2. Do the fundamental principles of the Community order preclude the introduction by a Member State - in a limited manner and with reference only to a specific sphere consisting of a homogenous category of fiscal levies made up in particular of charges linked to the Community order - of special derogating provisions to restrict and limit the right to recovery of sums unduly paid, thus derogating from the general conditions for recovery of sums unduly paid laid down in Article 2033 of the Civil Code? In particular, may the principle of non-discrimination be understood in a restrictive sense, and may it thus be considered that a provision of a Member State such as the second paragraph of Article 29 of Law No 428 of 29 December 1990 complies with that principle, simply because the conditions laid down therein for reimbursement of fiscal charges linked to Community law, although restrictive in comparison with the general rules of ordinary law, are however less onerous in comparison with the special conditions for reimbursement laid down in the third paragraph of Article 29?

3. Do the abovementioned fundamental principles of the Community order preclude the adoption by a Member State - after numerous judgments of the Court declaring various charges relating to customs duties on imports, manufacturing taxes, consumer taxes, sugar premium and State taxes to be incompatible with Community law - of a procedural provision such as Article 29 of Law No 428, which specifically reduces the possibilities of bringing proceedings for recovery of charges which were wrongly levied in breach of Community law?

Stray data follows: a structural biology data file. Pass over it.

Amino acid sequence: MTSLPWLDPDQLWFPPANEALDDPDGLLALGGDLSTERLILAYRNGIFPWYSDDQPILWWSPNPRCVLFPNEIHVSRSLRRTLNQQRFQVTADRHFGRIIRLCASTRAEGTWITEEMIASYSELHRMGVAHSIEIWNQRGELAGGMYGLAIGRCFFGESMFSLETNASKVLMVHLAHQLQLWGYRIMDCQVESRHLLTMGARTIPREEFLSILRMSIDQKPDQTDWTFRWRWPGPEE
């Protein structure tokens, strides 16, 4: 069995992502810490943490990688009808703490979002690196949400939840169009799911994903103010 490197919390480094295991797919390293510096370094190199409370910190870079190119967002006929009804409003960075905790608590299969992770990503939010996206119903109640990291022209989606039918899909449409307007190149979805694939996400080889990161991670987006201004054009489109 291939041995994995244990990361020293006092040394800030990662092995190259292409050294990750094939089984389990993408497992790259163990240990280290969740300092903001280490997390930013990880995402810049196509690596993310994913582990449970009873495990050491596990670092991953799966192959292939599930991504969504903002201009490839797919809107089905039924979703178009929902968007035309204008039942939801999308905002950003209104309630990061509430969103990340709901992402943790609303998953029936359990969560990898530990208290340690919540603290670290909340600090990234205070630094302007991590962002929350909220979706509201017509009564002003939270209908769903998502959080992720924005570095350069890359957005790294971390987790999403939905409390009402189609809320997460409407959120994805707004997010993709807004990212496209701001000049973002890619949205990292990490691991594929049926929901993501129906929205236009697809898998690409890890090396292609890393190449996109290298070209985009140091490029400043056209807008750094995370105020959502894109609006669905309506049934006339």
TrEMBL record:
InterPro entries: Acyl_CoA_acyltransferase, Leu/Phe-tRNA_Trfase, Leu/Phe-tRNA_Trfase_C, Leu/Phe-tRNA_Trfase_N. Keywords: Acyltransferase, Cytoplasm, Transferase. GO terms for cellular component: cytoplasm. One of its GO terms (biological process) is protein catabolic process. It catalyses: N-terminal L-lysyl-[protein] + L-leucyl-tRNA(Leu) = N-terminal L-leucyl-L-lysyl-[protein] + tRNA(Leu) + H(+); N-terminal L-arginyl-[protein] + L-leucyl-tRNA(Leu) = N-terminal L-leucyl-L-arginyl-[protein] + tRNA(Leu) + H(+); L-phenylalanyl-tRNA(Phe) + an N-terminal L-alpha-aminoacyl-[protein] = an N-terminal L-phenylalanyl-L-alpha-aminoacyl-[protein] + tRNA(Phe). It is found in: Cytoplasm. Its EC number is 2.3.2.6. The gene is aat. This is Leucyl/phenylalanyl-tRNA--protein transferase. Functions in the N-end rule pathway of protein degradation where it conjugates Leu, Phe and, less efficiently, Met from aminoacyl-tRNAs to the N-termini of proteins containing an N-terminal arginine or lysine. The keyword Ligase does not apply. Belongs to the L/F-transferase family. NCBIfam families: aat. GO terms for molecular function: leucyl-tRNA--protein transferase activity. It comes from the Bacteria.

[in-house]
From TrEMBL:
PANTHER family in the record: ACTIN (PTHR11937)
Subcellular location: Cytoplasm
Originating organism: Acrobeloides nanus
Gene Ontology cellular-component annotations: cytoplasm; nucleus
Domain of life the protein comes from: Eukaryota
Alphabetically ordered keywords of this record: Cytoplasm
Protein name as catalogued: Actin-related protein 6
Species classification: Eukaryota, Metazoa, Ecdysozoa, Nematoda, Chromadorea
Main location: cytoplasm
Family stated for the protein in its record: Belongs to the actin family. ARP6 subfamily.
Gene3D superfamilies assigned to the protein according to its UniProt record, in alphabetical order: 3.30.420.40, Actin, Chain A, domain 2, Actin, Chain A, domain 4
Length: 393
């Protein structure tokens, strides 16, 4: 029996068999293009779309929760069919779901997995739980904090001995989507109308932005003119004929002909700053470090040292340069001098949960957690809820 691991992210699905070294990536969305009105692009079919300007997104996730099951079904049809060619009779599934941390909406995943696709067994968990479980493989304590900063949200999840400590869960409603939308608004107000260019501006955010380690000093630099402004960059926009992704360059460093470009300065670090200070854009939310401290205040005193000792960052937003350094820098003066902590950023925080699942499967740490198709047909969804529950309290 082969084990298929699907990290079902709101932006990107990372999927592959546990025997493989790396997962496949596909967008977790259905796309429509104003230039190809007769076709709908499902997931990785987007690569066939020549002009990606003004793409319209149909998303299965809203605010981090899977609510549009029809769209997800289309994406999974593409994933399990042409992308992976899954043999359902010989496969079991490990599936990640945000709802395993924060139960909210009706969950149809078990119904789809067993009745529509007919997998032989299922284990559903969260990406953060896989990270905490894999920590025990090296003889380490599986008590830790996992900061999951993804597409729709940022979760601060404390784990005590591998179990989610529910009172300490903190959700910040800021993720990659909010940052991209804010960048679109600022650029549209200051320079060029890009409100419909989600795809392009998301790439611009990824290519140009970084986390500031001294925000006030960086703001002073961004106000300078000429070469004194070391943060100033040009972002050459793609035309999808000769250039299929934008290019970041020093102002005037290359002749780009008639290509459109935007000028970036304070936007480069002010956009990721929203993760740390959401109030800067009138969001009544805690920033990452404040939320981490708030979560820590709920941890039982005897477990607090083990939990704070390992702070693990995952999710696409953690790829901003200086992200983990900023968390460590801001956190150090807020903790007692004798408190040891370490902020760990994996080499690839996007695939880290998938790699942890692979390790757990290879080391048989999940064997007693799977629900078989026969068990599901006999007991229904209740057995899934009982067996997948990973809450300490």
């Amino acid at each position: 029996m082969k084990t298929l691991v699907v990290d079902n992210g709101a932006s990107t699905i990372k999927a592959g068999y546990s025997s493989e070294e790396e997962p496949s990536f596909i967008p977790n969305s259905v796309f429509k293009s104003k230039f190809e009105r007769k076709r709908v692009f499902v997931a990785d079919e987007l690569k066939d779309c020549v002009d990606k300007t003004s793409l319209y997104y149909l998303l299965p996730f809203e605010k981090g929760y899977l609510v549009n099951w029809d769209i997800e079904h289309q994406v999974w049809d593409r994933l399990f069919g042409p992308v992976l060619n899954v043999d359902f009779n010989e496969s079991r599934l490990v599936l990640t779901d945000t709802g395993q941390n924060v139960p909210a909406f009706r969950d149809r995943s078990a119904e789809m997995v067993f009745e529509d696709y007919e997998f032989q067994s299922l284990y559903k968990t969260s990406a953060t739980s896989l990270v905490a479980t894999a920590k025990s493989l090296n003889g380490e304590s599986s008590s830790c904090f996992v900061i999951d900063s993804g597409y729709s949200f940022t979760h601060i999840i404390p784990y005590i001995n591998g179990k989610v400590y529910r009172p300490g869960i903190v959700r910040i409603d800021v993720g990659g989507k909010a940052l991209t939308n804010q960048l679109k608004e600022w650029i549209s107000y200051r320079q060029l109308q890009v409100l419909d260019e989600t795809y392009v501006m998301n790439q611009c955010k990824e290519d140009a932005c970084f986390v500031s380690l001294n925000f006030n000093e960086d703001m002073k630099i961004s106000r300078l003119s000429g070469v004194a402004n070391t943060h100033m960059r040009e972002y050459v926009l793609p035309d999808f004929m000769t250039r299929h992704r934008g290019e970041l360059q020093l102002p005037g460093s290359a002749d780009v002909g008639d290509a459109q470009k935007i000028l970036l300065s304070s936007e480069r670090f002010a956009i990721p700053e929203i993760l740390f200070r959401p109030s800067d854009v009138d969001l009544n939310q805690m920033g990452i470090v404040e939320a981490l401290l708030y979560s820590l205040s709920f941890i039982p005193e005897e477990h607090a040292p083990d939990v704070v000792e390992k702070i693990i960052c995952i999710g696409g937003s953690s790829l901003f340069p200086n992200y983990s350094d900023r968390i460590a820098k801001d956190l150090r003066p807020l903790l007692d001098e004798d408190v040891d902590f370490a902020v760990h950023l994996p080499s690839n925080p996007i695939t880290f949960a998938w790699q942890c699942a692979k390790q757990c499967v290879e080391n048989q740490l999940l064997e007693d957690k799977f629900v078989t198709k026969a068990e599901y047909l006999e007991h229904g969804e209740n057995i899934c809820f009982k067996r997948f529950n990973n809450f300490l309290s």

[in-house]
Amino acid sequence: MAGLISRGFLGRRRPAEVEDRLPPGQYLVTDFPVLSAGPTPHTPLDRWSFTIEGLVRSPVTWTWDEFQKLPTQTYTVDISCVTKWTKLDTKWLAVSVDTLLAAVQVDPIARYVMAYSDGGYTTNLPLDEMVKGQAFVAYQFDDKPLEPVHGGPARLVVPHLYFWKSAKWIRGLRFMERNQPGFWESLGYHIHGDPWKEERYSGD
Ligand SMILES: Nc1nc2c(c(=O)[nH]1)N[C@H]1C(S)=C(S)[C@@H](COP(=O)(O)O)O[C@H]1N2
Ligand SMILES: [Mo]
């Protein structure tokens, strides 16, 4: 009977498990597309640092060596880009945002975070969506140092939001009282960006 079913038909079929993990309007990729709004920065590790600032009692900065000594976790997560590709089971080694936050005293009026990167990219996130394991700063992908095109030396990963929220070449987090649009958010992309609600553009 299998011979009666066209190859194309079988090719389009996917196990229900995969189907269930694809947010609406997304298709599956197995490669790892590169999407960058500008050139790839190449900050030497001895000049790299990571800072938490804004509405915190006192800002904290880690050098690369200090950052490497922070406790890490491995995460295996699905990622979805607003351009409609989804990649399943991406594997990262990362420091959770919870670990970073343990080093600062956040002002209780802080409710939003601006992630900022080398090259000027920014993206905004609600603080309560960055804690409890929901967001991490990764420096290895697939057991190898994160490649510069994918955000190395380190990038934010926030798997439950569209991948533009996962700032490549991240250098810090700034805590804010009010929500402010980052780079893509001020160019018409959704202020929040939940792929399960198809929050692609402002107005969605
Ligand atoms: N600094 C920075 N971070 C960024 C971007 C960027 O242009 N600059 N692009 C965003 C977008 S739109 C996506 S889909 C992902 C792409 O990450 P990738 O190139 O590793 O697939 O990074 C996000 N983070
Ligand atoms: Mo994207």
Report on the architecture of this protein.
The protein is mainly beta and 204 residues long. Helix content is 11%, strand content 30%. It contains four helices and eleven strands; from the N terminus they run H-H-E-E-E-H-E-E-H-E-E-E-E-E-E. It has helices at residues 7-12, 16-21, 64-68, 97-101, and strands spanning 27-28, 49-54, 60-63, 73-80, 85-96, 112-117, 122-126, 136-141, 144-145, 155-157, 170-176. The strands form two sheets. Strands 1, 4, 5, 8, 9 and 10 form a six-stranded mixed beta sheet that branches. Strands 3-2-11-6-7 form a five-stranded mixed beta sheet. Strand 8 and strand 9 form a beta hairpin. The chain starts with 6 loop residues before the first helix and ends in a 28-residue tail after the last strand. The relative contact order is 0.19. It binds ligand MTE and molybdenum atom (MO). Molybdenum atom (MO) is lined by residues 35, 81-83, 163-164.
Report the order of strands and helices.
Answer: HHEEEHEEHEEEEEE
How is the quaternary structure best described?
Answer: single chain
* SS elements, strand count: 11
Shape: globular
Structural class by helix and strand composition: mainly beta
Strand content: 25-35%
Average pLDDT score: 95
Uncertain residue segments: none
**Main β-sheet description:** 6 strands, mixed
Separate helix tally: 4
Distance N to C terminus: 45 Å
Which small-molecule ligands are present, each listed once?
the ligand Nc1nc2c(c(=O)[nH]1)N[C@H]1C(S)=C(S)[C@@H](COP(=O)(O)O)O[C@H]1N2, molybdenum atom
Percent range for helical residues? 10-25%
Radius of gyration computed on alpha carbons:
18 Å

4. Is such a law as that - supposedly introduced in order to bring national law into line with the precepts of the Court of Justice - which was passed three and a half years late following the Court judgments in question, thus further unjustly enriching the State responsible for the delay, compatible with Community law and, in particular, with the Court's findings as to unacceptable requirements of proof in Case 199/82 San Giorgio, cited above? In particular, are the interpretation and application of Article 29 compatible with Community law, on the basis of the assumption that, "it being a well-known fact that consumer taxes are passed on", presumptive evidence is deemed to be sufficient proof of passing on and therefore for the claim for reimbursement to be dismissed?

5. In consequence, is it compatible with Community law for the national court or its expert witness to establish that charges have been passed on, relying on those mere presumptions, which are claimed to be evidence open to assessment by the court, thus systematically excluding applications for reimbursement, as is happening in practice, with the result that the debtor Administration never acknowledges that it has to make repayment?